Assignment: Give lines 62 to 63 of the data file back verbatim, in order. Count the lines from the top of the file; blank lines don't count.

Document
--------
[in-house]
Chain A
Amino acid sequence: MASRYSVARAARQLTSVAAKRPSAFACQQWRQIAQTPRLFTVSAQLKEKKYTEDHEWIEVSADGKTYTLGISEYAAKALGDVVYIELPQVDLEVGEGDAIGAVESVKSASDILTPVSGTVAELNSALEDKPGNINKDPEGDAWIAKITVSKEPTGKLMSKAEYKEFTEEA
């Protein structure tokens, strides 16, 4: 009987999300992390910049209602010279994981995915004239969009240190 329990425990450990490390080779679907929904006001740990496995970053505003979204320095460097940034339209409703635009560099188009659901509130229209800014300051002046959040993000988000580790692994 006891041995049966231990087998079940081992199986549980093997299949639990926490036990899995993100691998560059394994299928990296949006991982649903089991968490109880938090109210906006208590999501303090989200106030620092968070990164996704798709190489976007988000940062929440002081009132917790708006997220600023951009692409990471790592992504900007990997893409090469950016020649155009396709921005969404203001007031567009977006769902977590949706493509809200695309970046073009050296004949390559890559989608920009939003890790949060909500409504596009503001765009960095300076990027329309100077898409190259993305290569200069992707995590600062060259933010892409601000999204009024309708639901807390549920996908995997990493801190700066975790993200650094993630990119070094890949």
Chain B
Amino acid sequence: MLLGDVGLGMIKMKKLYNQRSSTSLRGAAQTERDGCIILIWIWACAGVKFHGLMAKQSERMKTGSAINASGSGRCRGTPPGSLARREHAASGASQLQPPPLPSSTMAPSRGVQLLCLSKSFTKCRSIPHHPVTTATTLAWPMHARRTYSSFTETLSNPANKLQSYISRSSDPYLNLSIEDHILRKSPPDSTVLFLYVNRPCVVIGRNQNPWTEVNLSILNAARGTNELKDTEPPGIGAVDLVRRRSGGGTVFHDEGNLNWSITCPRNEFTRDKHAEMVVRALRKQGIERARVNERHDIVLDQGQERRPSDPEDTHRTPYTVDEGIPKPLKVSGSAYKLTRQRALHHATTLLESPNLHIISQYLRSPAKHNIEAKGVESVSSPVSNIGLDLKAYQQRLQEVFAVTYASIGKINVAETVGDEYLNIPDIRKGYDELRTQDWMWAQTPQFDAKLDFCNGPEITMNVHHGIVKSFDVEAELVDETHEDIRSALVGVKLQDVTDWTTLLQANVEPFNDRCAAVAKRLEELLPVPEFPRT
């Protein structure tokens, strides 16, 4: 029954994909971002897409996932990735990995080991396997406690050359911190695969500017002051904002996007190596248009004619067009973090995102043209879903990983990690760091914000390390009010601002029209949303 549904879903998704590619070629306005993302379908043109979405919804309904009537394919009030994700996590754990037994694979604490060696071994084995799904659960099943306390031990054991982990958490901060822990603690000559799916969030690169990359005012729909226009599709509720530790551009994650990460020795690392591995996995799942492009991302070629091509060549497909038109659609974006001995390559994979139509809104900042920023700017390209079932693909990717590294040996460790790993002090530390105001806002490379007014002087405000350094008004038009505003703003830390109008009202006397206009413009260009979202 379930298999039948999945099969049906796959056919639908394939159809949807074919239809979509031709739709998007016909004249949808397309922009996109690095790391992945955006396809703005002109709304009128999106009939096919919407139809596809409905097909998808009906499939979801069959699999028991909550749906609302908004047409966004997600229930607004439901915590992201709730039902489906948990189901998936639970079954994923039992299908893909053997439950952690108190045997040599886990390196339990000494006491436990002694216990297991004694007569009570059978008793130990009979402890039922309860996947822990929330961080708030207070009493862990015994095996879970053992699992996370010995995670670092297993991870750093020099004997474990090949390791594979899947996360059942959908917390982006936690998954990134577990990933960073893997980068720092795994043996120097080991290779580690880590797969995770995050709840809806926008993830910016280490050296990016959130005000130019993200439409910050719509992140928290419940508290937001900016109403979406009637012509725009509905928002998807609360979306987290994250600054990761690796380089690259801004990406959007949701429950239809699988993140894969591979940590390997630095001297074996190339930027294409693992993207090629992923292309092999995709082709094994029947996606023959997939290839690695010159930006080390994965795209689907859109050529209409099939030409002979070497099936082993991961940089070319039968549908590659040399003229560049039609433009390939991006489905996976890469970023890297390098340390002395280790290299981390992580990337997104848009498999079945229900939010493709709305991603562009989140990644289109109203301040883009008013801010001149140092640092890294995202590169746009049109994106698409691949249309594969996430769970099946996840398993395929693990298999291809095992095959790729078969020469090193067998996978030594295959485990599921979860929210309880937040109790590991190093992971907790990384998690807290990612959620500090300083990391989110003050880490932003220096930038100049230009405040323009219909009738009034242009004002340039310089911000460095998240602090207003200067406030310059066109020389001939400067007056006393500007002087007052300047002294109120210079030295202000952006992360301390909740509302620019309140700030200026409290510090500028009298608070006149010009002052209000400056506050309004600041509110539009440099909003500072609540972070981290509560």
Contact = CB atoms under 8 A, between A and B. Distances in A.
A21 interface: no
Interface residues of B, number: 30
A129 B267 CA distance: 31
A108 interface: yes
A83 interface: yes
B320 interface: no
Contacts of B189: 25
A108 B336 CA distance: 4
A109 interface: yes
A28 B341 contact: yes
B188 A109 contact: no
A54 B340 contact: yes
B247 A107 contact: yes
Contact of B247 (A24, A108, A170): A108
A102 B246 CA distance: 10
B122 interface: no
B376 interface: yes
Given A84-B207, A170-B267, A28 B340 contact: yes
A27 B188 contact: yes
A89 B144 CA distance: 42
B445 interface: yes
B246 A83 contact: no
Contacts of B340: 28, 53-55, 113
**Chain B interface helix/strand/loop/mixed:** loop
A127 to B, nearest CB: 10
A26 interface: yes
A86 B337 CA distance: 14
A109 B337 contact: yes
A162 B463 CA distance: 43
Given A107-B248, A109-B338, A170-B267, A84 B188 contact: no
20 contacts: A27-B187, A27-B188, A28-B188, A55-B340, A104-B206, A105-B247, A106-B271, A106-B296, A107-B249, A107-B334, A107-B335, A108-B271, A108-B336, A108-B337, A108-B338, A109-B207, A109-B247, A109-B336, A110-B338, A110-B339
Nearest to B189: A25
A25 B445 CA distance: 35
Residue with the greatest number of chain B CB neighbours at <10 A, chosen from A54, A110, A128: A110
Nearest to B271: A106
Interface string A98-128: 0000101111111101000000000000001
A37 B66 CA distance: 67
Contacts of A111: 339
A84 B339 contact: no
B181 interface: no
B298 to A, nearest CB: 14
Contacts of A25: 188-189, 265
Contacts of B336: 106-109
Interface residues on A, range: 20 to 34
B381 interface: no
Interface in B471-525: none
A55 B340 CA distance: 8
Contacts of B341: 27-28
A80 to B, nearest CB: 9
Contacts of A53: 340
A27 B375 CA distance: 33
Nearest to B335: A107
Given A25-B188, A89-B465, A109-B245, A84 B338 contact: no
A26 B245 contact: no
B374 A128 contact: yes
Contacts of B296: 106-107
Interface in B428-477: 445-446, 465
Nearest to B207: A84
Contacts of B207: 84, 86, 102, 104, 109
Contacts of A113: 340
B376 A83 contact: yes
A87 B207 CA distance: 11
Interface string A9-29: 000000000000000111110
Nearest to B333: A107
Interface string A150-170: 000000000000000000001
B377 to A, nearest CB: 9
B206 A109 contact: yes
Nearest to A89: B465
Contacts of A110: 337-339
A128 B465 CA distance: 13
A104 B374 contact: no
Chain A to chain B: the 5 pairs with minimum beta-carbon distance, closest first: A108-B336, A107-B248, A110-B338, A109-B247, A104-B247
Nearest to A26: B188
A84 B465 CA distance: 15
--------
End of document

A26 B245 contact: no
B374 A128 contact: yes